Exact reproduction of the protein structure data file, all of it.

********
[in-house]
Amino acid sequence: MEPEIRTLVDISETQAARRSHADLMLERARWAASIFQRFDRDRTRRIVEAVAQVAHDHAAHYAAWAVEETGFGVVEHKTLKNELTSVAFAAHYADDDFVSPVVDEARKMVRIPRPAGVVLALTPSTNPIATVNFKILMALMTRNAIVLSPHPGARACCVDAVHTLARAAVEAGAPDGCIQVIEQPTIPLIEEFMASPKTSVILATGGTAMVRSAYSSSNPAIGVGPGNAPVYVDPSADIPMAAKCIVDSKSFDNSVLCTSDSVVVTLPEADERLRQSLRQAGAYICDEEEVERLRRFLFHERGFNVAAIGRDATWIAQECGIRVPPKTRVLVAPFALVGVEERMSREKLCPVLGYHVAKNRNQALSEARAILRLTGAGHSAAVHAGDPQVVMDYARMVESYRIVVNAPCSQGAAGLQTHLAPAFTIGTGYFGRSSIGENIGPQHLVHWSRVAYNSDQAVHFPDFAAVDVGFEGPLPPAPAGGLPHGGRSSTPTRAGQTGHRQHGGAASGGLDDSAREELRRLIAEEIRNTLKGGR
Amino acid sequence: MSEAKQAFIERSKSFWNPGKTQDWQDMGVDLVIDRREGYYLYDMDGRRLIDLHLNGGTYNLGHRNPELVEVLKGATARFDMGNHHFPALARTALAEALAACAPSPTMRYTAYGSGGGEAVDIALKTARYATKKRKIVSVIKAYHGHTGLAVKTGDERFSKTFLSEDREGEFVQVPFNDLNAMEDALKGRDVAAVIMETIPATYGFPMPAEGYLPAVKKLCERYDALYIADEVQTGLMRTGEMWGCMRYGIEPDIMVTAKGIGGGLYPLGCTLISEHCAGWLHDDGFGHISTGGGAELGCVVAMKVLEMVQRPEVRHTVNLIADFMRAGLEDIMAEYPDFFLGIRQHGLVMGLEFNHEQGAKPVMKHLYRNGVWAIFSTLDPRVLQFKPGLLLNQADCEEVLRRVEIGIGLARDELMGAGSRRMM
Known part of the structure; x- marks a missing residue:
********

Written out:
[in-house]
Amino acid sequence: MEPEIRTLVDISETQAARRSHADLMLERARWAASIFQRFDRDRTRRIVEAVAQVAHDHAAHYAAWAVEETGFGVVEHKTLKNELTSVAFAAHYADDDFVSPVVDEARKMVRIPRPAGVVLALTPSTNPIATVNFKILMALMTRNAIVLSPHPGARACCVDAVHTLARAAVEAGAPDGCIQVIEQPTIPLIEEFMASPKTSVILATGGTAMVRSAYSSSNPAIGVGPGNAPVYVDPSADIPMAAKCIVDSKSFDNSVLCTSDSVVVTLPEADERLRQSLRQAGAYICDEEEVERLRRFLFHERGFNVAAIGRDATWIAQECGIRVPPKTRVLVAPFALVGVEERMSREKLCPVLGYHVAKNRNQALSEARAILRLTGAGHSAAVHAGDPQVVMDYARMVESYRIVVNAPCSQGAAGLQTHLAPAFTIGTGYFGRSSIGENIGPQHLVHWSRVAYNSDQAVHFPDFAAVDVGFEGPLPPAPAGGLPHGGRSSTPTRAGQTGHRQHGGAASGGLDDSAREELRRLIAEEIRNTLKGGR
Amino acid sequence: MSEAKQAFIERSKSFWNPGKTQDWQDMGVDLVIDRREGYYLYDMDGRRLIDLHLNGGTYNLGHRNPELVEVLKGATARFDMGNHHFPALARTALAEALAACAPSPTMRYTAYGSGGGEAVDIALKTARYATKKRKIVSVIKAYHGHTGLAVKTGDERFSKTFLSEDREGEFVQVPFNDLNAMEDALKGRDVAAVIMETIPATYGFPMPAEGYLPAVKKLCERYDALYIADEVQTGLMRTGEMWGCMRYGIEPDIMVTAKGIGGGLYPLGCTLISEHCAGWLHDDGFGHISTGGGAELGCVVAMKVLEMVQRPEVRHTVNLIADFMRAGLEDIMAEYPDFFLGIRQHGLVMGLEFNHEQGAKPVMKHLYRNGVWAIFSTLDPRVLQFKPGLLLNQADCEEVLRRVEIGIGLARDELMGAGSRRMM
Known part of the structure; x- marks a missing residue: